Voyage into Substance
Art, Science, Nature, and the Illustrated Travel Account, 1760-1840
Voyage into Substance reopens the whole complex question of how nature was perceived and penetrated during the Enlightenment - a time when artist-scientists trekked across Egyptian deserts, astronomer-mariners navigated the Polar seas, and meteorologist-aeronauts "sailed" through the atmosphere's "waves," all seeking to discover and record the non-human likeness of the phenomenal world.
By examining the popular, multi-national illustrated narratives and atlases of the period, the book relates the voyagers' attentive, firsthand mode of seeing and precise copying of the enduring and the ephemeral features of the environment (before the advent of photography) to the major philosophical, scientific, and aesthetic debates of the time. Arguing that these accounts disclose an anti-Picturesque tradition of representation, the book opens new doors to establish the persistence of a "plain," that is, a style of landscape depiction that culminates in 19th-century realism.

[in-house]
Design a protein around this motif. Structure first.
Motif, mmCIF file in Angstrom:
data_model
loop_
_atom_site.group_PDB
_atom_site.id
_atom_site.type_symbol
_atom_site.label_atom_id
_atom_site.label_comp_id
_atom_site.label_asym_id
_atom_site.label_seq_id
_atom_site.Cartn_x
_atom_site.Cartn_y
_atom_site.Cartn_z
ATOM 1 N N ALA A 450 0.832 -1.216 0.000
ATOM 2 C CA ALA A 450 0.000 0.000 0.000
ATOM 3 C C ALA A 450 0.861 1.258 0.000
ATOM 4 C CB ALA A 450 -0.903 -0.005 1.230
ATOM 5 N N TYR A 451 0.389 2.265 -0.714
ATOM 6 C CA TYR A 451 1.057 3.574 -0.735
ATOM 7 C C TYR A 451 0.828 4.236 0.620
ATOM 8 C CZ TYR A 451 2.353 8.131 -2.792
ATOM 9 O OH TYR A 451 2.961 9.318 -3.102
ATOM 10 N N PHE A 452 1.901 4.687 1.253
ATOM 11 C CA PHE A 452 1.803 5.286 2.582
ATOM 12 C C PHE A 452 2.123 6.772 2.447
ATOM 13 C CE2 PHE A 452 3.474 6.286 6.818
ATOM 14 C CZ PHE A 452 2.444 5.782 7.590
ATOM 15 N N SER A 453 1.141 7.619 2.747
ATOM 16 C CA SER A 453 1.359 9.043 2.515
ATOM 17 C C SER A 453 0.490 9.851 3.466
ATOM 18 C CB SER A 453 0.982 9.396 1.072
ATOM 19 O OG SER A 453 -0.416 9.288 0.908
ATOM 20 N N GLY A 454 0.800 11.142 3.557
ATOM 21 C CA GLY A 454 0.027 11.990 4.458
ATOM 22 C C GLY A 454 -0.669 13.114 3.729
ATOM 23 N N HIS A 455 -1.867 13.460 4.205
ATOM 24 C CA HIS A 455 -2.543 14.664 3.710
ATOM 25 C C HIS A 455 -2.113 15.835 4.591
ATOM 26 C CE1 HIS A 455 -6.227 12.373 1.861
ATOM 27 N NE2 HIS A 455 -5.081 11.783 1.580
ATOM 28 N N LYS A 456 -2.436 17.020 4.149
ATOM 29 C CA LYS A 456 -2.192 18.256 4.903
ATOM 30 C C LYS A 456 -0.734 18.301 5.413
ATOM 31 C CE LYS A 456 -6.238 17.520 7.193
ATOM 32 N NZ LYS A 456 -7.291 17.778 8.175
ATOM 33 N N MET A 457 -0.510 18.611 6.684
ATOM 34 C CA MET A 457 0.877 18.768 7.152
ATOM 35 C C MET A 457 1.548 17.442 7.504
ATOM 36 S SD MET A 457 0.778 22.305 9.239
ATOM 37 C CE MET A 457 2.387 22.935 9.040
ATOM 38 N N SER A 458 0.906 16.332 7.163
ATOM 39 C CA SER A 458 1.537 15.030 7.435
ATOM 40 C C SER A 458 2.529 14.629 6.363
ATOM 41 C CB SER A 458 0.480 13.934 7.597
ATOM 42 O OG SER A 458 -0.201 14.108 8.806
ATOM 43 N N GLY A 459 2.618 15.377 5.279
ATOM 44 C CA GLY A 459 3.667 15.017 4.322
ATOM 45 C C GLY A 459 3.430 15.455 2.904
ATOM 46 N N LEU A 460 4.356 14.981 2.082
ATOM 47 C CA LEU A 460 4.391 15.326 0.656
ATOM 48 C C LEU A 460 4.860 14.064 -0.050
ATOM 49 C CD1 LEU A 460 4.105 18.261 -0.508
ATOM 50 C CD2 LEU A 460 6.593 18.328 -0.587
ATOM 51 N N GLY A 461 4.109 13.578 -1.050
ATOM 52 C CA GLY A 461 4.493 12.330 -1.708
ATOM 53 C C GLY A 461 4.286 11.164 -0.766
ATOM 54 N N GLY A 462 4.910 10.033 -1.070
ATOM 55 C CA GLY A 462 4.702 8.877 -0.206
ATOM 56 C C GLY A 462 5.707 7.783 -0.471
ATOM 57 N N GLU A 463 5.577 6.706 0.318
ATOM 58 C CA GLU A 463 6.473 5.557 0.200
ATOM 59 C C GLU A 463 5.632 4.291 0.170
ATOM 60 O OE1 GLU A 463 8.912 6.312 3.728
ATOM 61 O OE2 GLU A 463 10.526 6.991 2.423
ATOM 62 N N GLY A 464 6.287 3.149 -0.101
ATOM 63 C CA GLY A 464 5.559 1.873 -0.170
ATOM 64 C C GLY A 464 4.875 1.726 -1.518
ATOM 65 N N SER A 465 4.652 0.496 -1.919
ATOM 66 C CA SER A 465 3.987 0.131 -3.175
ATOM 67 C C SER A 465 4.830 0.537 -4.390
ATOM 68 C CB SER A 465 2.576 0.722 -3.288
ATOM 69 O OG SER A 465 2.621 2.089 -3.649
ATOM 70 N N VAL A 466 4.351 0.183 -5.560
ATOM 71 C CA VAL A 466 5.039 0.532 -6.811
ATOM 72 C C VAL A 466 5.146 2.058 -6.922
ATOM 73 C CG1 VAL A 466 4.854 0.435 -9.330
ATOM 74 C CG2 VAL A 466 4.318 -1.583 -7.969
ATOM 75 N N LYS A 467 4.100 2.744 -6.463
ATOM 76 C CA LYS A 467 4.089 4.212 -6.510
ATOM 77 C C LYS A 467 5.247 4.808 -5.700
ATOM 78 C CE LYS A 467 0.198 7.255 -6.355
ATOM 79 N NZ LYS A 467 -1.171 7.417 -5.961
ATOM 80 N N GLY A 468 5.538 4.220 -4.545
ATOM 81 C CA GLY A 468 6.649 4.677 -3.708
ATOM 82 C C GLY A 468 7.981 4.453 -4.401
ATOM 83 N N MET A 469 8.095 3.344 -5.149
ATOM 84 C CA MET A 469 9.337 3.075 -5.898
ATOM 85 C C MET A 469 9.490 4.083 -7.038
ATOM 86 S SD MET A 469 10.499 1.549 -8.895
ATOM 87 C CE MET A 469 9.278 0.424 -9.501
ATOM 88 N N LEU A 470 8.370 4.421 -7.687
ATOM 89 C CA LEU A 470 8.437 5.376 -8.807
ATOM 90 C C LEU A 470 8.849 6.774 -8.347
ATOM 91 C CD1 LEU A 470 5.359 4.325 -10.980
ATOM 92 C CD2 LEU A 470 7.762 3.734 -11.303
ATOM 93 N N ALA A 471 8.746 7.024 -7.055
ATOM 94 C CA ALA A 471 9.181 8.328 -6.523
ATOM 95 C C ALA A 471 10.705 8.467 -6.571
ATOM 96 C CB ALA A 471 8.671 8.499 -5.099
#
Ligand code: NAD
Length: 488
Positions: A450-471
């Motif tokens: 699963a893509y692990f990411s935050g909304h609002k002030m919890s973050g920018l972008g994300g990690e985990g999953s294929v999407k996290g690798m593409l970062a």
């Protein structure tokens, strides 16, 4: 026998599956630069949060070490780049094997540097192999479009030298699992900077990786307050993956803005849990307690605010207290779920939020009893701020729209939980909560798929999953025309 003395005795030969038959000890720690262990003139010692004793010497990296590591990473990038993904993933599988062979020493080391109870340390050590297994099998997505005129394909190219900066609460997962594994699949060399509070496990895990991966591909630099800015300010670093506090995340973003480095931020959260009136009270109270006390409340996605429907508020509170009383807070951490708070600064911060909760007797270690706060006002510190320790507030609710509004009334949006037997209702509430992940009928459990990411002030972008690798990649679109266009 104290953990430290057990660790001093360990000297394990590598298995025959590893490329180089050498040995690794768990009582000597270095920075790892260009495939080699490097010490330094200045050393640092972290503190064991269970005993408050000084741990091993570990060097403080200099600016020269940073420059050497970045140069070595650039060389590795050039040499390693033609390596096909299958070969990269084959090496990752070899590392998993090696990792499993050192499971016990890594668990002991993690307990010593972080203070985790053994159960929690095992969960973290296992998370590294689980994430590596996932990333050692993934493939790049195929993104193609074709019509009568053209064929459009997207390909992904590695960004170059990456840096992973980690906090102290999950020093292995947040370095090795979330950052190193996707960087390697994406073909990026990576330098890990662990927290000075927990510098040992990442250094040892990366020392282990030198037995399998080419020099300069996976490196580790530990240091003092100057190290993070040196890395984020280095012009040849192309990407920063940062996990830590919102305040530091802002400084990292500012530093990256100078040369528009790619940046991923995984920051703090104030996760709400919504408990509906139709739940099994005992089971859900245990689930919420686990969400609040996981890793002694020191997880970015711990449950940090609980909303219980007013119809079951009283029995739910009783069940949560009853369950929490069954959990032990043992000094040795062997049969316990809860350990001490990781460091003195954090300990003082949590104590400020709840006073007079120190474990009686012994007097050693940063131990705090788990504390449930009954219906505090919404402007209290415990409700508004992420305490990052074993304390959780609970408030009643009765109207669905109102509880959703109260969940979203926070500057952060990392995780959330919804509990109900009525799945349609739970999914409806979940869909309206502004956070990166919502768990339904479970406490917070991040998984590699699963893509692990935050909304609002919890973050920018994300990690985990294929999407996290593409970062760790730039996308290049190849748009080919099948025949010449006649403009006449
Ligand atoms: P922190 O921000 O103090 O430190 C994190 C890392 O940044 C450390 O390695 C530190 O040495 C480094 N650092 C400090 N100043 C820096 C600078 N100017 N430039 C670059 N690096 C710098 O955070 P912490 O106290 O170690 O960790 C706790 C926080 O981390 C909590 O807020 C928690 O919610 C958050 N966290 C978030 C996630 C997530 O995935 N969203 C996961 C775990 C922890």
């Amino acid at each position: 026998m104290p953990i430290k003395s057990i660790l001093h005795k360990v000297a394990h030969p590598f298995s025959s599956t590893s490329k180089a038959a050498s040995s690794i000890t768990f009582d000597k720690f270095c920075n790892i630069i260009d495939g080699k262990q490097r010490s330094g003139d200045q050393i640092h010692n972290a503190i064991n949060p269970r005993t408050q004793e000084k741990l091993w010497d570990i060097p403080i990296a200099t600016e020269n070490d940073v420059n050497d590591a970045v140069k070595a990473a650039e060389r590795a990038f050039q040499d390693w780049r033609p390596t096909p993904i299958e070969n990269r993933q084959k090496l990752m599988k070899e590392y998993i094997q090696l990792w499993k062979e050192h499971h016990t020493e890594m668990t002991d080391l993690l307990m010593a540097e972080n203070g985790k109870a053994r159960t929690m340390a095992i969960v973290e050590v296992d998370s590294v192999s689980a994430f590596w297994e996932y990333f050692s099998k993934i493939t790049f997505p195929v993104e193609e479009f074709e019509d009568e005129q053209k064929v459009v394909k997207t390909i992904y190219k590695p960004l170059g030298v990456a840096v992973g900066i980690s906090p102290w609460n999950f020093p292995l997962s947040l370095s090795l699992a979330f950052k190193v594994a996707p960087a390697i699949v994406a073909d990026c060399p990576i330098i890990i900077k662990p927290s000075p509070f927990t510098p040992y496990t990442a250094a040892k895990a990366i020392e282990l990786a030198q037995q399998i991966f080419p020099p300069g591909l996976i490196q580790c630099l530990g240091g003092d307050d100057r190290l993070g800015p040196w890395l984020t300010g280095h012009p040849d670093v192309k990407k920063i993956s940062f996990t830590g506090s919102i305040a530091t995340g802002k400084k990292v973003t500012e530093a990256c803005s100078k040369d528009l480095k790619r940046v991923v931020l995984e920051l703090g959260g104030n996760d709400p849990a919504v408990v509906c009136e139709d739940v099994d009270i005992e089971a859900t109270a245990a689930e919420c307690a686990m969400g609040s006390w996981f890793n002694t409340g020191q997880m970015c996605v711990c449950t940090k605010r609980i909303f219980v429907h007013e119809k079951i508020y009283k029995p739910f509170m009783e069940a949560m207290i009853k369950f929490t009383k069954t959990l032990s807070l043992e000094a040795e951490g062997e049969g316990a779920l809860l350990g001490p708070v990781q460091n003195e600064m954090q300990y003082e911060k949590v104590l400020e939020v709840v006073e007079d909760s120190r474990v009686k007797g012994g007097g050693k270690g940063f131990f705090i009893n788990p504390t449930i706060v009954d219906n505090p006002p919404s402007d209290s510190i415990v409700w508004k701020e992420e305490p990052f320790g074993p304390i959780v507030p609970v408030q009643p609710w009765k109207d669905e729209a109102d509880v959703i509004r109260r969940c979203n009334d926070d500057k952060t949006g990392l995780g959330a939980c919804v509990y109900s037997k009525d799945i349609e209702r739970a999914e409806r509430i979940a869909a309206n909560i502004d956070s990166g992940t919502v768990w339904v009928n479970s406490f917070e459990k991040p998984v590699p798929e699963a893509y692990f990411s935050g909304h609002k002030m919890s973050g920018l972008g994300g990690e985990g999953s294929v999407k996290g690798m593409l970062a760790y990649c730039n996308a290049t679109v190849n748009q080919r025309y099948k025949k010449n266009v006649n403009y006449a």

Voyage into Substance analyzes a vast repertory of geological, mineralogical and biological treatises concerning the self-expressive physiognomy of the earth and shows them to be important precursors and allies of the non-fictional travel narrative. Intertwining art, literature, philosophy, geography, and the history of science, with the aid of 304 plates, the book adds significantly to all these disciplines and is a unique contribution to the field of art and architectural history as well as to modern intellectual history.
Publication of this book was partially funded by the Millard Meiss Fund of the College Art Association of America and by the National Endowment for the Humanities.